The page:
Fossil fuel industry furious with Biden for halting natural gas production
A broad coalition of over 30 fossil fuel industry associations is voicing strong concerns over a potential White House move to postpone permits for crucial natural gas export facilities due to their projected climate impacts.
The industry is up in arms following a report that the White House might halt the permitting process for key natural gas export facilities, citing environmental concerns.
\More than 30 fossil fuel organizations, including prominent ones like the American Petroleum Institute (API) and American Exploration and Production Council (AXPC), have openly criticized the potential decision. They argue that such a move would not only jeopardize American jobs but also risk the energy security of allied nations, as FOX News reported.
Industry giants pen a critical letter to the Energy Secretary
In a letter to Energy Secretary Jennifer Granholm, these groups expressed their dismay, labeling the potential pause in permitting as a "major mistake."
The letter's timing coincides with a report from The New York Times suggesting that President Biden is set to mandate climate impact assessments for 17 proposed liquefied natural gas (LNG) export terminal projects.
The coalition's letter emphasizes the United States' leading role in natural gas production, highlighting its importance in meeting both domestic demand and international energy needs.
2023 saw the U.S. becoming the top exporter of LNG, a status that the industry believes enhances the nation's geopolitical stance and insulates American consumers from global energy market fluctuations.
The geopolitical and economic implications of halting LNG exports
Industry representatives argue that halting the approval of LNG export facilities would inadvertently strengthen Russia's influence in the energy sector.
They assert that such a move would contradict President Biden's commitment to ensuring reliable energy for U.S. allies, thereby undermining America's credibility and threatening numerous domestic jobs.
The necessity of LNG export facilities, according to the industry, is underscored by the energy demands in Europe and Asia.
These regions are actively seeking alternatives to Russian natural gas, especially in the wake of Russia's invasion of Ukraine in early 2022.
Following the invasion, Biden pledged to augment U.S. LNG exports to the European Union, a commitment echoed by energy associations in Europe and Asia advocating for the continued approval of U.S. LNG export terminals.
Internal deliberations lead to a more rigorous environmental review
Internal sources, as reported by the New York Times, indicate that President Joe Biden intends to direct the Department of Energy (DOE) to undertake a more comprehensive environmental review of the 17 pending LNG export terminals.
This marks a significant shift from previous practices, as the DOE has not traditionally analyzed the climate impact of such projects, nor has it ever rejected a gas export application on climate grounds.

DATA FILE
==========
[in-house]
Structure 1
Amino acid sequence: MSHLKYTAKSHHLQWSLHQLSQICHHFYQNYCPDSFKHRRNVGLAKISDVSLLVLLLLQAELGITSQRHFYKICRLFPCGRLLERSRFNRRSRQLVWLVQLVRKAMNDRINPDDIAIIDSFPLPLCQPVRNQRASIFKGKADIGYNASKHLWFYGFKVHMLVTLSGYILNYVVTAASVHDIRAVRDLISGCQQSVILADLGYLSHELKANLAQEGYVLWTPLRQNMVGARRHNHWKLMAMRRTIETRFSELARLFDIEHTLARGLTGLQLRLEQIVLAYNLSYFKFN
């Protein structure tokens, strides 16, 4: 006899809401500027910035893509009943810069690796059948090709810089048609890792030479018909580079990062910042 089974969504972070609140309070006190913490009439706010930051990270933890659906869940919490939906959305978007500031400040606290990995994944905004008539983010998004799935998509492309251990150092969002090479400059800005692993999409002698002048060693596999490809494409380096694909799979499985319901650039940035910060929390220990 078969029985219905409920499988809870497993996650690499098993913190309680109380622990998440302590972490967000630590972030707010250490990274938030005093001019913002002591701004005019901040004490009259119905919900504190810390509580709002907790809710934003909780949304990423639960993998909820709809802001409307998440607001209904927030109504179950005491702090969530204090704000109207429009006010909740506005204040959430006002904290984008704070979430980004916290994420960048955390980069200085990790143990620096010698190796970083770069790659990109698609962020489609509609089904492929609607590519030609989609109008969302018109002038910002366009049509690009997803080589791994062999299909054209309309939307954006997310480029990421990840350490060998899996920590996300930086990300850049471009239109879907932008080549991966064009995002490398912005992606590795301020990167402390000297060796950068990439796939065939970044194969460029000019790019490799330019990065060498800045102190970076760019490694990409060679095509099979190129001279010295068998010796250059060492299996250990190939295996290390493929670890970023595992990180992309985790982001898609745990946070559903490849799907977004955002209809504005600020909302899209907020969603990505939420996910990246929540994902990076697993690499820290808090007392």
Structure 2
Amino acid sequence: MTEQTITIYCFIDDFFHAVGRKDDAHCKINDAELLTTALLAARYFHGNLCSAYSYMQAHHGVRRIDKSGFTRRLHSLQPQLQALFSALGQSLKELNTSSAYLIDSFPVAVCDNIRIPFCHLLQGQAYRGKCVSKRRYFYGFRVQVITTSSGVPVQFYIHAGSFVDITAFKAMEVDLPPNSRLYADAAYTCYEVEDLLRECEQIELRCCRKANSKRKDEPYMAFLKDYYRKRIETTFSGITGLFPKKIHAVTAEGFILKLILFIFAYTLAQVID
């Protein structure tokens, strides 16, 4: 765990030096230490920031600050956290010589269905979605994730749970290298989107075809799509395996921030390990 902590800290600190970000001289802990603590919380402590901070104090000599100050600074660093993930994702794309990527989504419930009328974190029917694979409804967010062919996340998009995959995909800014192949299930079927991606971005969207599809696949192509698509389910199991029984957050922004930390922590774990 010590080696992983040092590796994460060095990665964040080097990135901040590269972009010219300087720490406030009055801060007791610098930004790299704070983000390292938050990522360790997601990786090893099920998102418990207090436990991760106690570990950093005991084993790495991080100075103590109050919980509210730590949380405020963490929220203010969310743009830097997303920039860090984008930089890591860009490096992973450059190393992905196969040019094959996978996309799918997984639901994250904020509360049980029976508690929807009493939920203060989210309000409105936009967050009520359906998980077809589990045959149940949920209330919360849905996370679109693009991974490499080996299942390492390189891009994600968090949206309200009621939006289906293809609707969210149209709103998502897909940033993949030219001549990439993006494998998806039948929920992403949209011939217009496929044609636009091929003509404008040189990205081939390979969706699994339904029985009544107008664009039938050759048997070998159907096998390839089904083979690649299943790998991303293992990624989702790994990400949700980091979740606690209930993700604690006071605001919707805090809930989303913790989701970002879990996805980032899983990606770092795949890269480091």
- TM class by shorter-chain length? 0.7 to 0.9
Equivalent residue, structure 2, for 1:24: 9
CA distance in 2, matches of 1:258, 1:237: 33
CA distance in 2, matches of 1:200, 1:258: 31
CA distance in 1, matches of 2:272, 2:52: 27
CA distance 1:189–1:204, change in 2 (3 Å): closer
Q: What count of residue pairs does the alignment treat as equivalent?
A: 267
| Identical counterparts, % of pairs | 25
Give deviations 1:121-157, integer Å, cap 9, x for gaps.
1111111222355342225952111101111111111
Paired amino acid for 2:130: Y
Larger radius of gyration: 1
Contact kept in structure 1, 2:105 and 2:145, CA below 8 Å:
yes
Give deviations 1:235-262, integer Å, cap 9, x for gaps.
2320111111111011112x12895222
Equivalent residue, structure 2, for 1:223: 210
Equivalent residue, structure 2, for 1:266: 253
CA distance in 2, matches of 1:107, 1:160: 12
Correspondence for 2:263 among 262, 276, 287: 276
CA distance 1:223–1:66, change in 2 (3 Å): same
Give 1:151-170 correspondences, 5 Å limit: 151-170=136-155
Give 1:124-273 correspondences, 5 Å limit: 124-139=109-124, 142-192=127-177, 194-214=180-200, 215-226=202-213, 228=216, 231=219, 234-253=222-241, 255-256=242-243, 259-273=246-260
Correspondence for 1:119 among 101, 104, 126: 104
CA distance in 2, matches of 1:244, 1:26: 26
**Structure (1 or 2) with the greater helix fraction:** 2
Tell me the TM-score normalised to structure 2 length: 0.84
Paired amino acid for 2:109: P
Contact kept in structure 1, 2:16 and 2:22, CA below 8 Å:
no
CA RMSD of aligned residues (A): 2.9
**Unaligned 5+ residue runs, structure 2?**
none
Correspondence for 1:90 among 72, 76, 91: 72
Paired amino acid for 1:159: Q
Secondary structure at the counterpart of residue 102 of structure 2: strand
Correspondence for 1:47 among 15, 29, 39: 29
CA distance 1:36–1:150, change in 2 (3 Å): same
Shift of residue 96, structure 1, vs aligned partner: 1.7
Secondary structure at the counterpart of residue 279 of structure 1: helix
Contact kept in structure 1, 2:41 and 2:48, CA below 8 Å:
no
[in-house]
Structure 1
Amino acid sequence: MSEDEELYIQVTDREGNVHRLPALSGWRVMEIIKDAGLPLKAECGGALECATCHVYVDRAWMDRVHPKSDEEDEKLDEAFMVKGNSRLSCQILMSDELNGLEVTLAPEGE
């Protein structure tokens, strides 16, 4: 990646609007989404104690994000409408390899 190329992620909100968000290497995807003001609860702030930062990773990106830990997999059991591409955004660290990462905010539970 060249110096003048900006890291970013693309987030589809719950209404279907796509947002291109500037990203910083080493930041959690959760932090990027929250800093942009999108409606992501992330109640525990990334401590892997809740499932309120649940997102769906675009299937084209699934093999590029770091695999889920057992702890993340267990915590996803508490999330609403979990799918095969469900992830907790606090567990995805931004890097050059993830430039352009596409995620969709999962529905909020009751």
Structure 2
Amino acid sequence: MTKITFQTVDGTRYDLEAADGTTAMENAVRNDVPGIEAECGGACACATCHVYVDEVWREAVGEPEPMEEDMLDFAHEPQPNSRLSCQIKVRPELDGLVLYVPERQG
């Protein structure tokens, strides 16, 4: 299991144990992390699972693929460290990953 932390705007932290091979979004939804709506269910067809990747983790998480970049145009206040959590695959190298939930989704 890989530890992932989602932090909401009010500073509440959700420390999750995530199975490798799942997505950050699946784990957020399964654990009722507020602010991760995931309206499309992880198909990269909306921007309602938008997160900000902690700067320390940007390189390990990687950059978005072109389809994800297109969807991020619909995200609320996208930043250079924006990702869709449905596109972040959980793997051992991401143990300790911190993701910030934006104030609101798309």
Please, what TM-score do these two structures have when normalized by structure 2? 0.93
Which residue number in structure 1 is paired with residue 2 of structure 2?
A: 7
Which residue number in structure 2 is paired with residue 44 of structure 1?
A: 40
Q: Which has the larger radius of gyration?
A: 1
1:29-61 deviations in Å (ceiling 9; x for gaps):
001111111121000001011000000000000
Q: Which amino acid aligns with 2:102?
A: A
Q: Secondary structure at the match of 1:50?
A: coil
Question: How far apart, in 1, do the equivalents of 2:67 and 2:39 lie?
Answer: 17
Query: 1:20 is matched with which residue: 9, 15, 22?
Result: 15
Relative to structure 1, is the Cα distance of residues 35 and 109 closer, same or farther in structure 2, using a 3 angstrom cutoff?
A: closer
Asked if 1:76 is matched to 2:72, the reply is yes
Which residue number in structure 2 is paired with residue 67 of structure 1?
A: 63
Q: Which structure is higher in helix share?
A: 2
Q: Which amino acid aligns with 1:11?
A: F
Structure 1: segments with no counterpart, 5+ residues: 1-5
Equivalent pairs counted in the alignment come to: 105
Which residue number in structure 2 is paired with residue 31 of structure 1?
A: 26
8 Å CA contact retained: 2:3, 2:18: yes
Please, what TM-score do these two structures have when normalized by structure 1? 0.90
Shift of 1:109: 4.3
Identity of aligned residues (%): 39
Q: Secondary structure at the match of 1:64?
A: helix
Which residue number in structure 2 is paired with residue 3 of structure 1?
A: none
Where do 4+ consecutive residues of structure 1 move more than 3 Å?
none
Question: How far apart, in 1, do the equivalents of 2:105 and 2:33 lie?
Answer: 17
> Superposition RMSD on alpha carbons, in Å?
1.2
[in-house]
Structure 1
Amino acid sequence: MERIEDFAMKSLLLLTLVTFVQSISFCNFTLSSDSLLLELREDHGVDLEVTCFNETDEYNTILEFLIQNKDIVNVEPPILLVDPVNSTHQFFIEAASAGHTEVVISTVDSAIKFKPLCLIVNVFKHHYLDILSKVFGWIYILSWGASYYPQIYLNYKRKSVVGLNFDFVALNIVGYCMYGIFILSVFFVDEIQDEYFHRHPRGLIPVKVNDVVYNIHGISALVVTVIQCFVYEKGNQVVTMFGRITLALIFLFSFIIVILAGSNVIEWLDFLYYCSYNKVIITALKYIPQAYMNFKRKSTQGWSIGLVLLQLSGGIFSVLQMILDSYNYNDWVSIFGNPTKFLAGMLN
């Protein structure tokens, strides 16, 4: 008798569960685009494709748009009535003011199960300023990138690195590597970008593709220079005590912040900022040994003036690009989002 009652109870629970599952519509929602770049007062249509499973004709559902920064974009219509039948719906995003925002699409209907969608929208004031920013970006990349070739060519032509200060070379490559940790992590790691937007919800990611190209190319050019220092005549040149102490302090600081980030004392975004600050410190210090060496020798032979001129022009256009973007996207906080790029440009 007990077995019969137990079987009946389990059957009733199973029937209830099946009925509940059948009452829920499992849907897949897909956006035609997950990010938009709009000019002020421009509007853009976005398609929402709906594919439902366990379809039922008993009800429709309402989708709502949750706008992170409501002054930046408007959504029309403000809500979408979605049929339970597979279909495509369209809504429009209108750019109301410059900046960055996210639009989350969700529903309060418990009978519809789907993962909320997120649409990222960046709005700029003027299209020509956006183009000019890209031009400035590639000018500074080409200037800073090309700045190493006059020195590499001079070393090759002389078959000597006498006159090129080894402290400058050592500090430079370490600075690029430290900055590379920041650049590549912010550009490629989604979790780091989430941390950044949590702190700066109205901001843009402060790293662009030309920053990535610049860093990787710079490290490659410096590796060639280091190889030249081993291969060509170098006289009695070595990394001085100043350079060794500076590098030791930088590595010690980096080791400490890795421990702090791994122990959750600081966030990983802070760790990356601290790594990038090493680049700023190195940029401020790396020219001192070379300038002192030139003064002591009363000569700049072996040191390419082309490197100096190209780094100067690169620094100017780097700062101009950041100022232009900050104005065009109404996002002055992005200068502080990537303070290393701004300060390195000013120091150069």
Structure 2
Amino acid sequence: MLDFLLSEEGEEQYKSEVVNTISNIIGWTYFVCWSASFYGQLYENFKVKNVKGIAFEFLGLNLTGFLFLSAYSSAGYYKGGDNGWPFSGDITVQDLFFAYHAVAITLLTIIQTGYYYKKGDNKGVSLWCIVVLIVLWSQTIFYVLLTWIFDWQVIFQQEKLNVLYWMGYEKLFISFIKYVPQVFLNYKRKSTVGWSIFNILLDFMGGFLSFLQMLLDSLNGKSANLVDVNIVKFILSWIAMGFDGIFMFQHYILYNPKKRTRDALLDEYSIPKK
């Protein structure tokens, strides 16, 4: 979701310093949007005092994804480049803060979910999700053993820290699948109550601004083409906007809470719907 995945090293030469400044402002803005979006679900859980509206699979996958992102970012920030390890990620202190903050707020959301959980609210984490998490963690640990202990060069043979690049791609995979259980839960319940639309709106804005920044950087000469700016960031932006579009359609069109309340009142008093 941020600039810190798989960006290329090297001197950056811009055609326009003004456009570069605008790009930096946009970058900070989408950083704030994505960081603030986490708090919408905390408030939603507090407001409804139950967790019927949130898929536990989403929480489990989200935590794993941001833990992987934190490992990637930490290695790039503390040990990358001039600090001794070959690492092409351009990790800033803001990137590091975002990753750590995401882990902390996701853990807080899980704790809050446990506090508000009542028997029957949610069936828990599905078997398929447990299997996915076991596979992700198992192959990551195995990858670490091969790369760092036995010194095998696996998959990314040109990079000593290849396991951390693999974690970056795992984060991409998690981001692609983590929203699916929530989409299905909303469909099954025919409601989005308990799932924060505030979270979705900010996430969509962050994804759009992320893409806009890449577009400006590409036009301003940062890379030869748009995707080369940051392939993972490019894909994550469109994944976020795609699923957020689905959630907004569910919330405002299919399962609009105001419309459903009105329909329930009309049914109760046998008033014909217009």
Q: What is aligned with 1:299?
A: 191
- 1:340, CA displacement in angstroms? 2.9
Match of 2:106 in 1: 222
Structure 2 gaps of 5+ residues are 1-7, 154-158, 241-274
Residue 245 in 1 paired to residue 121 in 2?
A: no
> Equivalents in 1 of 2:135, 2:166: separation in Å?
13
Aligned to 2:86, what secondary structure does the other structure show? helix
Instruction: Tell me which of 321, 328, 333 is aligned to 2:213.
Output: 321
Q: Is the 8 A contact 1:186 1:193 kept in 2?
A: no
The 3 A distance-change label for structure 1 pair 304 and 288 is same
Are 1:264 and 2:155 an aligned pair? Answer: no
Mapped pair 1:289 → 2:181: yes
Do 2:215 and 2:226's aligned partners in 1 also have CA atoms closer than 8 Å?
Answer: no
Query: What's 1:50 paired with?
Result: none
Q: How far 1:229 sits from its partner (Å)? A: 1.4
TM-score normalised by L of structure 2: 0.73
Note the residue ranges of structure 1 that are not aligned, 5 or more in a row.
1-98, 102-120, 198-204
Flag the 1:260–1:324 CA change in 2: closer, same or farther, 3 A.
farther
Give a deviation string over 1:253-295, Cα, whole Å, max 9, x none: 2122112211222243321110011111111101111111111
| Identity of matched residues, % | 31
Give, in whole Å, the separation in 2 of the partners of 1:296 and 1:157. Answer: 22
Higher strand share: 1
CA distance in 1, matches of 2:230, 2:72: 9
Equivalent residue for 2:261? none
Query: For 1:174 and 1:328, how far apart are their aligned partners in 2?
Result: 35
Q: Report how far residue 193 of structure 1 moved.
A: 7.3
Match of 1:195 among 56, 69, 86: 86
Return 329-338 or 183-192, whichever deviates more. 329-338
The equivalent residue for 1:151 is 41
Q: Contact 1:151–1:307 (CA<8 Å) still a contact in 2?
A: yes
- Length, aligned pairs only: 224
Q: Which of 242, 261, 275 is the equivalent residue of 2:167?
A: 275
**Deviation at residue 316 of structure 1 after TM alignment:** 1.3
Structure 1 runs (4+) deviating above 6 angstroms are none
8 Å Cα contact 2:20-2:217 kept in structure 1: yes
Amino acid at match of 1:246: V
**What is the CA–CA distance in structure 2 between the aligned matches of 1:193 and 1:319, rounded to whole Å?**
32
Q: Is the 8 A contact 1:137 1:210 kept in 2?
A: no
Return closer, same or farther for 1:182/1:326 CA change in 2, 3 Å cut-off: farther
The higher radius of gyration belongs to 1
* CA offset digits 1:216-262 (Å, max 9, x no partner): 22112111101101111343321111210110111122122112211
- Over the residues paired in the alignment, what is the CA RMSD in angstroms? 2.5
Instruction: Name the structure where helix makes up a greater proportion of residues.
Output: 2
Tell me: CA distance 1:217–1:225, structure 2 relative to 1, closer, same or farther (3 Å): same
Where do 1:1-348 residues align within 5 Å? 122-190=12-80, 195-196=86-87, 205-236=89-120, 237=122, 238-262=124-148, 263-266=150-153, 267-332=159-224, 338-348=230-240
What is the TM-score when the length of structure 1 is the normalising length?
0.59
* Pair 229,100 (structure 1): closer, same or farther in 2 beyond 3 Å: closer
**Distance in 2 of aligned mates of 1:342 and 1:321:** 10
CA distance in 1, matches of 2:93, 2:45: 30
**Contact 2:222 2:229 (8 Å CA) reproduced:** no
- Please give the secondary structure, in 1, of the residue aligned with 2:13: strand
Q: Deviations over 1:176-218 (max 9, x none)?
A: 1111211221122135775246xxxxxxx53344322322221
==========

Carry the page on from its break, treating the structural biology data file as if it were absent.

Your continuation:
Mike Sommers, CEO of API, expressed his viewpoint starkly, stating:
This would be a win for Russia and a loss for American allies, U.S. jobs and global climate progress.
Sommers further criticized the potential policy shift as a betrayal of U.S. commitments to its allies and accused the administration of politicizing global energy security.
Industry proponents also argue that natural gas, being a cleaner alternative to coal, plays a crucial role in meeting global decarbonization targets.
Environmental gains and the global energy landscape
The industry letter addressed to Granholm underlined the United States' achievements in reducing carbon emissions, largely attributed to the increased reliance on natural gas.
This shift led to natural gas surpassing coal as the primary source of electricity generation in the U.S. after 2015.
Anne Bradbury, CEO of AXPC, advocated for increased LNG exports, suggesting that hindering this industry could have detrimental effects on the U.S. economy, global emission goals, and the security of allied nations.
One of the projects at stake is the Calcasieu Pass 2 (CP2) project, a proposed LNG terminal in Louisiana. This facility alone is expected to boost U.S. LNG exports by 23%, a testament to its significant role in the global energy market.
Uncertainty and concerns over the administration's intentions
Shaylyn Hynes, a spokesperson for energy developer Venture Global, voiced concerns over the perceived opacity of the White House's intentions.
Reports based on information from anonymous sources have led to speculation and uncertainty, especially regarding the reliability of U.S. LNG for allied nations' energy security.
Hynes elaborated on the potential repercussions of the reported policy change, saying:
Such an action would shock the global energy market, having the impact of an economic sanction, and send a devastating signal to our allies that they can no longer rely on the United States.
- A coalition of over 30 fossil fuel industry associations is protesting a possible White House decision to delay permits for crucial natural gas export facilities, citing potential climate impacts.
- The industry warns that halting LNG export approvals could undermine U.S. geopolitical influence, economic stability, and the energy security of allied nations.
- President Biden's expected directive for a rigorous environmental review of LNG export terminals marks a significant shift in policy, drawing criticism for potentially benefiting adversaries and betraying commitments to allies.
- Proponents of the fossil fuel industry argue that natural gas is essential for meeting global energy demands and decarbonization goals, with the U.S. leading in carbon emission reductions due to its shift from coal to natural gas.
- The controversy underscores the complex interplay between energy policy, geopolitical strategy, environmental concerns, and economic interests.